1999 Survey of Juvenile Salmon in the Marine Waters of Southeastern Alaska
In 1999, biophysical data were collected along a primary marine migration corridor of juvenile (age-.0) Pacific salmon (Oncorhynchus spp.) in the northern region of southeastern Alaska at 24 stations during five sampling intervals. This survey marks the third consecutive year of systematic sampling and monitoring within the region, and was implemented to identify the relationships among the habitat use, marine growth, predation, stock interactions, year-class strength, and ocean carrying capacity of salmon. Stations were stratified into three different habitats—inshore (Taku Inlet and three stations near Auke Bay), strait (four stations each at Chatham Strait and Icy Strait), and coastal (four stations each at Cross Sound, Icy Point, and Cape Edward)—and were sampled from the National Oceanic and Atmospheric Administration ship John N. Cobb, May to October. At each station, fish, zooplankton and surface water samples, and temperature and salinity profile data were collected during daylight using a surface rope trawl, conical and bongo nets, and a conductivity, temperature, and depth profiler.
Surface (2-m) temperatures and salinities during the survey ranged from 6.5 to 13.6 °C and 13.9 to 32.0 PSU. A total of 7,204 fish and squid, representing 29 taxa, were captured with the rope trawl. Five species of juvenile Pacific salmon comprised 47% of the total catch. Of the 3,535 salmonids caught, > 95% were juveniles, and < 5% were immatures or adults. Non-salmonid species making up > 2% of the catch included capelin (Mallotus villosus), Pacific herring (Clupea harengus), and sablefish (Anoplopoma fimbria).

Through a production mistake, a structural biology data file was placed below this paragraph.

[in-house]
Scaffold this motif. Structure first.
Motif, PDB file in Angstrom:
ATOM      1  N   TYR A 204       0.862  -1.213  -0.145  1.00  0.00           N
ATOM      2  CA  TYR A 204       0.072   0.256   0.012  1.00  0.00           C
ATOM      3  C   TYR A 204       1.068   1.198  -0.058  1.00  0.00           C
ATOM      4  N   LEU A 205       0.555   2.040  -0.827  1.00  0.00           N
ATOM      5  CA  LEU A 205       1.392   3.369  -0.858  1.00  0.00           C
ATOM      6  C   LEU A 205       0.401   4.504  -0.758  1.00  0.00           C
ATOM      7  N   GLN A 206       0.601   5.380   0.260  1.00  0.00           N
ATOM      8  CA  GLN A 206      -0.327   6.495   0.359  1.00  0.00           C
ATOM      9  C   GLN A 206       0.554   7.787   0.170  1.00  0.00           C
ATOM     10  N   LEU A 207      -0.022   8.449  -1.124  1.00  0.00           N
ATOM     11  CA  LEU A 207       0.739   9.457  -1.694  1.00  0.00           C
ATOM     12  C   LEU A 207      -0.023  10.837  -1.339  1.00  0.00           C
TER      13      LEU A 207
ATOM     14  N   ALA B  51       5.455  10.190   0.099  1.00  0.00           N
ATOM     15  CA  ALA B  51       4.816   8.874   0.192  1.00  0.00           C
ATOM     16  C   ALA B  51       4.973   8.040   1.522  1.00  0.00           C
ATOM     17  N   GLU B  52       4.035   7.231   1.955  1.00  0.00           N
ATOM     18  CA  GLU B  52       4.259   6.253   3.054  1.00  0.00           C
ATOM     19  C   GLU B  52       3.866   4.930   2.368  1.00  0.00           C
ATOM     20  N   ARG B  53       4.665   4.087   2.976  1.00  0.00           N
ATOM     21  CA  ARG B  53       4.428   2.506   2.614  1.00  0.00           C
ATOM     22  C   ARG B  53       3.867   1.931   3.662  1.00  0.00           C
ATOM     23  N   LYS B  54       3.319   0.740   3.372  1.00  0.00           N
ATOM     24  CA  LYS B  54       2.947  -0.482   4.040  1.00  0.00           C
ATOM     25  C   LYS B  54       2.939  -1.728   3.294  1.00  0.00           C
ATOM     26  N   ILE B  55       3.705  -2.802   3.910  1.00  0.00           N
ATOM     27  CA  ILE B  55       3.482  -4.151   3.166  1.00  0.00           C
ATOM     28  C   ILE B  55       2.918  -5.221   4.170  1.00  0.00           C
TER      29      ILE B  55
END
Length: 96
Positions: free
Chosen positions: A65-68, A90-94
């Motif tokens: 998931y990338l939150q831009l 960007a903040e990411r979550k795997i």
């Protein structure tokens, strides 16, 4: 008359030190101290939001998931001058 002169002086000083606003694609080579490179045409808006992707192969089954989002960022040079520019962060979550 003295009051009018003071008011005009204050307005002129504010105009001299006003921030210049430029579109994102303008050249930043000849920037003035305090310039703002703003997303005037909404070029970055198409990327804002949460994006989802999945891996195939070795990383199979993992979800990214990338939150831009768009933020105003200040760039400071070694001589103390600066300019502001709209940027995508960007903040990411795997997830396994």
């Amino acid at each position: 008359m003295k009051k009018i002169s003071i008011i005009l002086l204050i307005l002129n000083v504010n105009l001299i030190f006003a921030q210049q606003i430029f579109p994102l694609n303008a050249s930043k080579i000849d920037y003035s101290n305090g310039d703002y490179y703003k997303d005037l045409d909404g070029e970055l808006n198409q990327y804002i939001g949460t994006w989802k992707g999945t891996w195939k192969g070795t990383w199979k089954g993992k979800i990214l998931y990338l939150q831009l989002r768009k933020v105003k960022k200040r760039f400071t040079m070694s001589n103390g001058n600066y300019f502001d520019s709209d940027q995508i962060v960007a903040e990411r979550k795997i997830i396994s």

Temporal and spatial differences were observed among juvenile salmon species in their catch rates, size, condition, stock of origin, and in predation rates. The most frequently occurring species in the trawl catches (> 25%) were coho salmon (O. kisutch), chum salmon (O. keta), pink salmon (O. gorbuscha), sockeye salmon (O. nerka), and walleye pollock (Theragra chalcogramma). Catches of juvenile salmon were highest in June for coho and in July for other species. By habitat type, juvenile salmon were most abundant in strait and inshore habitats, with the exception of sockeye salmon in coastal habitats. In the coastal habitat, catch rates along the 65 km transect at Icy Point were the highest within 25 km of shore. Lengths of juvenile salmon increased seasonally; in the five time periods mean FL (mm) were: pink (97–115–134–168), chum (103–130–139–165), sockeye (123–145–122–163), coho (154–207–225–279), and chinook salmon (139–160–190–214). Coded-wire tags were recovered from 7 juvenile and immature chinook and 15 juvenile coho salmon; all fish were of Alaska origin. In addition, Alaskan stocks were identified from thermal-marked otoliths of 447 juvenile chum and 47 juvenile sockeye salmon; marked stocks comprised 71% of the chum salmon and 19% of the sockeye salmon examined. Onboard stomach analysis of 307 fish of thirteen species of potential predators of juvenile salmon indicated that 36% of sablefish, 18% of adult coho salmon, and 10% of spiny dogfish (Squalus acanthias) preyed on juvenile salmon.
Results from this study suggest that, in southeastern Alaska, juvenile salmon exhibit seasonal patterns of habitat use synchronous with environmental change, and display species-and stock-dependent migration patterns. Long term monitoring of key stocks of juvenile salmon, both on intra- and inter-annual bases, will enable researchers to understand how growth, abundance, and ecological interactions affect year-class strength and ocean carrying capacity for salmon.